Serial port "sort of" problem

Discussion in 'Windows 7 Help and Support' started by Kurtwm, Feb 16, 2014.

  1. Kurtwm

    Kurtwm New Member

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    Not sure if this thread belongs here or in networks.

    I have a point of sales system that is Windows 7 based. Connected to serial port 3 is a customer pole display that shows the total for each item sold.

    My problem is that my point of sale software say that it cannot connect the pole display to the serial port. To fix this I have to go into device manger and uninstall the com port and then reboot and restart the POS software. I am unable to figure out why that is. I was thinking that something else is grabbing the com port but there is nothing else running besides the POS software.

    Not sure if I provided enough details to explain my problem. I would really appreciate it if someone can help me out. Thanks
     
  2. Fixer1234

    Fixer1234 Senior Member

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    Some questions if this has not already been overtaken by events:
    How many physical serial ports does the computer have in all?
    Are they all incorporated into the computer case or are you using some form of add-on port expander?
    If you are using a port expander, what serial ports are included on the computer case, what serial ports are on the expander, and how does the expander connect to your computer?
    How many serial devices are connected to the computer?
    Are serial ports 1 and 2 connected to devices? If so, does the device on serial port 1 work correctly?
    Is there a serial port 4 and is it connected to a device and if so, do devices on both ports 2 and 4 work correctly?
    What kind of device is connected to each serial port (what function does it perform)?
    When you use the term "point of sale" to describe devices connected via the serial ports, are these "dumb" devices (simple peripherals or accessories that perform a single function that requires the processing power of the main computer and what is sent over the serial connection is essentially "raw" data), or are they essentially computers that can perform their function independently and the serial port just provides a communication link for "high level" information? Do the POS devices have their own operating system and software and get booted up on their own to operate?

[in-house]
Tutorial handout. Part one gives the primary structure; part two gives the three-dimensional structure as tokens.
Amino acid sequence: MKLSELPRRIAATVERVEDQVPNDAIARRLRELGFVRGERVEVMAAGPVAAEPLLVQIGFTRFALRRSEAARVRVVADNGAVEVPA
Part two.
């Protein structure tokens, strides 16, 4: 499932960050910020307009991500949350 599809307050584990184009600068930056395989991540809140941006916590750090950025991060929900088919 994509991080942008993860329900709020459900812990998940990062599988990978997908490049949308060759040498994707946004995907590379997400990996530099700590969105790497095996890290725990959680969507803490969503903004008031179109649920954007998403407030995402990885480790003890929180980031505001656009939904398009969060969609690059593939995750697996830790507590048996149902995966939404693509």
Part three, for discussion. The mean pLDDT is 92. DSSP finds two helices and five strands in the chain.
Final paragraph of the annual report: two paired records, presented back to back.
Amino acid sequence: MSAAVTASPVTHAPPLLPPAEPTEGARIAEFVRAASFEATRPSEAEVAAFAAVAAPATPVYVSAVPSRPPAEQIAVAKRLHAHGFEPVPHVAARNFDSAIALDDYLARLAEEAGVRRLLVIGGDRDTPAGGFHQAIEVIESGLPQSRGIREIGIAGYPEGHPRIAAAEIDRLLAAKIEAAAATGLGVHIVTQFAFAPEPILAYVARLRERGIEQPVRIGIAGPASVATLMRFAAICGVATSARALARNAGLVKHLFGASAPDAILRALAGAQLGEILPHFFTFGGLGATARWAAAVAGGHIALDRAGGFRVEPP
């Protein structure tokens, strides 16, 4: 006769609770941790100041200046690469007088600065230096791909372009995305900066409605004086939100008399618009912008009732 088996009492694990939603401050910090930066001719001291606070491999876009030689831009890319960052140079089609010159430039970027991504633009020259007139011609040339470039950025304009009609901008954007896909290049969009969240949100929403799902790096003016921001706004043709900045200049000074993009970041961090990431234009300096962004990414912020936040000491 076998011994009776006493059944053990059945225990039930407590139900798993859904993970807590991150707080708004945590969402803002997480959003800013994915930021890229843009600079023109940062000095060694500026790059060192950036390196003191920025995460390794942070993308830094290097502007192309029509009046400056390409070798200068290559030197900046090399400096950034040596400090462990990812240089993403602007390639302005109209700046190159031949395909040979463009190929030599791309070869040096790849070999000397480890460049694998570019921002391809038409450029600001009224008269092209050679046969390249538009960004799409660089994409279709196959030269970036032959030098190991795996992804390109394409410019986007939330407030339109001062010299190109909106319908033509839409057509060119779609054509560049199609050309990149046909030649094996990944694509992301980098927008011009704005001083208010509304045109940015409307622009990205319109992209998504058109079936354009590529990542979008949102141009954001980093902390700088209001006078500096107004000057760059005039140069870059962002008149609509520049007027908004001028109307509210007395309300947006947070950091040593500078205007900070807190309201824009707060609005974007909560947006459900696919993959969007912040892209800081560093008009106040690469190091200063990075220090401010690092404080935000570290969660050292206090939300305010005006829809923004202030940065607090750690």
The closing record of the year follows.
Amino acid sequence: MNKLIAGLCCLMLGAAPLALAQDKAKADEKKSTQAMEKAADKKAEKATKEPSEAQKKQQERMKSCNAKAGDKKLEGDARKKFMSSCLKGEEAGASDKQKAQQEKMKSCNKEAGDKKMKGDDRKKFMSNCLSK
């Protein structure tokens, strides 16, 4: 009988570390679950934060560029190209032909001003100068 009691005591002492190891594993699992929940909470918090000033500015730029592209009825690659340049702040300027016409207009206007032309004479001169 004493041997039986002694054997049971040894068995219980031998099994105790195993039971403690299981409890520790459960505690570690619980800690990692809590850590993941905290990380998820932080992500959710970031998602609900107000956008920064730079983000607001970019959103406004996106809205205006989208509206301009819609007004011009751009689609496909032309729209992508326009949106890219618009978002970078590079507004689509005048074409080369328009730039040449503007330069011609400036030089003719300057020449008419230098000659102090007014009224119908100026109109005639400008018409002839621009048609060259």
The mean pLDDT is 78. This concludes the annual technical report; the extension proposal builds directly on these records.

3. Fixer1234

    Fixer1234 Senior Member

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    One more question: what is the approximate length of each serial cable connected to the computer (but particularly on port 3)?
     
  4. Kurtwm

    Kurtwm New Member

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    Thank you for your response. Yes, I still have not resolved this problem.
    There are 5 serial ports (besides 5 USB ports). They are all incorporated into the computer. No expander is used.

    Two serial ports are being used. One for the customer display (listing each item sold) and the other is used by a barcode scanner. Both ports work just fine and I never have a problem with the barcode scanner port. If for any reason the system reboots the serial port 3 comes up as being used by "something else". That's when I go through the ritual of uninstalling port 3 and rebooting the system. Then it connect fine and works ok until the next time. Lucky it does not happen very often.
    The operating system is Windows 7 Professional.

    The barcode scanner is a dumb device sending the scanned code to the port where it is picked up by the point of sales software. The custom pole display is sort of a dumb device but it is programmable to display the data send and displayed in a format that I want it to be in. I.e. description of the item sold, price of item and the total sold, in my case. The pole display does have a print driver loaded on the windows system. In my case it is a generic Windows print driver. The pos software passes the data to the driver and it passes it on to the display.